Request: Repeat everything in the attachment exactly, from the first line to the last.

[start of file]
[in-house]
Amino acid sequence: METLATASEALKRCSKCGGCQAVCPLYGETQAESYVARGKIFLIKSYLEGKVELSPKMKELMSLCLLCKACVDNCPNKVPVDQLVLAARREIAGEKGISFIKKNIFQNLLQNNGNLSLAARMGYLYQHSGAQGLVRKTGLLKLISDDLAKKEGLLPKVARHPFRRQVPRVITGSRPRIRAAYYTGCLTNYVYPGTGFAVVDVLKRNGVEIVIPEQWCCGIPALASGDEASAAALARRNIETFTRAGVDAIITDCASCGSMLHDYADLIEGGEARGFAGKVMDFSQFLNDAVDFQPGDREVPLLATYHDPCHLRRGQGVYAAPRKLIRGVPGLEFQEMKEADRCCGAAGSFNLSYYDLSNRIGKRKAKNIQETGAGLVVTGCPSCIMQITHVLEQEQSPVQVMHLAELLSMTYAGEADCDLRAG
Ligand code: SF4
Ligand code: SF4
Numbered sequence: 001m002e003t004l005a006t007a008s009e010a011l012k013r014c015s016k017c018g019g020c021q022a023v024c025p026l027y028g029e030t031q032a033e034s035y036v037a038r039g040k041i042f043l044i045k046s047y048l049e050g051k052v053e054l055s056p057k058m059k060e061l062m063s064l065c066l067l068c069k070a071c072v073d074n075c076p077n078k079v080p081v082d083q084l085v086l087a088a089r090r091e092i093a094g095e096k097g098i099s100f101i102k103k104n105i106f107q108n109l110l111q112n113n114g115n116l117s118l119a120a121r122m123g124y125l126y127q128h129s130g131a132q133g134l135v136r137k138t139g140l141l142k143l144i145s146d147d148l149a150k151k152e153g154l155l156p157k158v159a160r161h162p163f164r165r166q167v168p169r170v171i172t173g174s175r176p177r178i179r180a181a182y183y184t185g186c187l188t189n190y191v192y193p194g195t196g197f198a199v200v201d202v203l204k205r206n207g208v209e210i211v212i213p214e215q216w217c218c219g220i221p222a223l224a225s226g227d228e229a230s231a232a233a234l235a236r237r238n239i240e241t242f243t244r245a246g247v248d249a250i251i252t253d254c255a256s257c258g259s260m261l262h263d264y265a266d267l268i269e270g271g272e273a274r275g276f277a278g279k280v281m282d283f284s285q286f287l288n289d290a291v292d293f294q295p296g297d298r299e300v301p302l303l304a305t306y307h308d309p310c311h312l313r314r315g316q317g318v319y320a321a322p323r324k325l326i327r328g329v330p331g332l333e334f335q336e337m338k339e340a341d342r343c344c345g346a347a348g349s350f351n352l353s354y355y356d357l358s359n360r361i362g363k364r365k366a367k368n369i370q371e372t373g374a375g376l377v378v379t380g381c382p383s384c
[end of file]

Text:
[in-house]
Amino acid sequence: METLATASEALKRCSKCGGCQAVCPLYGETQAESYVARGKIFLIKSYLEGKVELSPKMKELMSLCLLCKACVDNCPNKVPVDQLVLAARREIAGEKGISFIKKNIFQNLLQNNGNLSLAARMGYLYQHSGAQGLVRKTGLLKLISDDLAKKEGLLPKVARHPFRRQVPRVITGSRPRIRAAYYTGCLTNYVYPGTGFAVVDVLKRNGVEIVIPEQWCCGIPALASGDEASAAALARRNIETFTRAGVDAIITDCASCGSMLHDYADLIEGGEARGFAGKVMDFSQFLNDAVDFQPGDREVPLLATYHDPCHLRRGQGVYAAPRKLIRGVPGLEFQEMKEADRCCGAAGSFNLSYYDLSNRIGKRKAKNIQETGAGLVVTGCPSCIMQITHVLEQEQSPVQVMHLAELLSMTYAGEADCDLRAG
Ligand code: SF4
Ligand code: SF4
Numbered sequence: 001m002e003t004l005a006t007a008s009e010a011l012k013r014c015s016k017c018g019g020c021q022a023v024c025p026l027y028g029e030t031q032a033e034s035y036v037a038r039g040k041i042f043l044i045k046s047y048l049e050g051k052v053e054l055s056p057k058m059k060e061l062m063s064l065c066l067l068c069k070a071c072v073d074n075c076p077n078k079v080p081v082d083q084l085v086l087a088a089r090r091e092i093a094g095e096k097g098i099s100f101i102k103k104n105i106f107q108n109l110l111q112n113n114g115n116l117s118l119a120a121r122m123g124y125l126y127q128h129s130g131a132q133g134l135v136r137k138t139g140l141l142k143l144i145s146d147d148l149a150k151k152e153g154l155l156p157k158v159a160r161h162p163f164r165r166q167v168p169r170v171i172t173g174s175r176p177r178i179r180a181a182y183y184t185g186c187l188t189n190y191v192y193p194g195t196g197f198a199v200v201d202v203l204k205r206n207g208v209e210i211v212i213p214e215q216w217c218c219g220i221p222a223l224a225s226g227d228e229a230s231a232a233a234l235a236r237r238n239i240e241t242f243t244r245a246g247v248d249a250i251i252t253d254c255a256s257c258g259s260m261l262h263d264y265a266d267l268i269e270g271g272e273a274r275g276f277a278g279k280v281m282d283f284s285q286f287l288n289d290a291v292d293f294q295p296g297d298r299e300v301p302l303l304a305t306y307h308d309p310c311h312l313r314r315g316q317g318v319y320a321a322p323r324k325l326i327r328g329v330p331g332l333e334f335q336e337m338k339e340a341d342r343c344c345g346a347a348g349s350f351n352l353s354y355y356d357l358s359n360r361i362g363k364r365k366a367k368n369i370q371e372t373g374a375g376l377v378v379t380g381c382p383s384c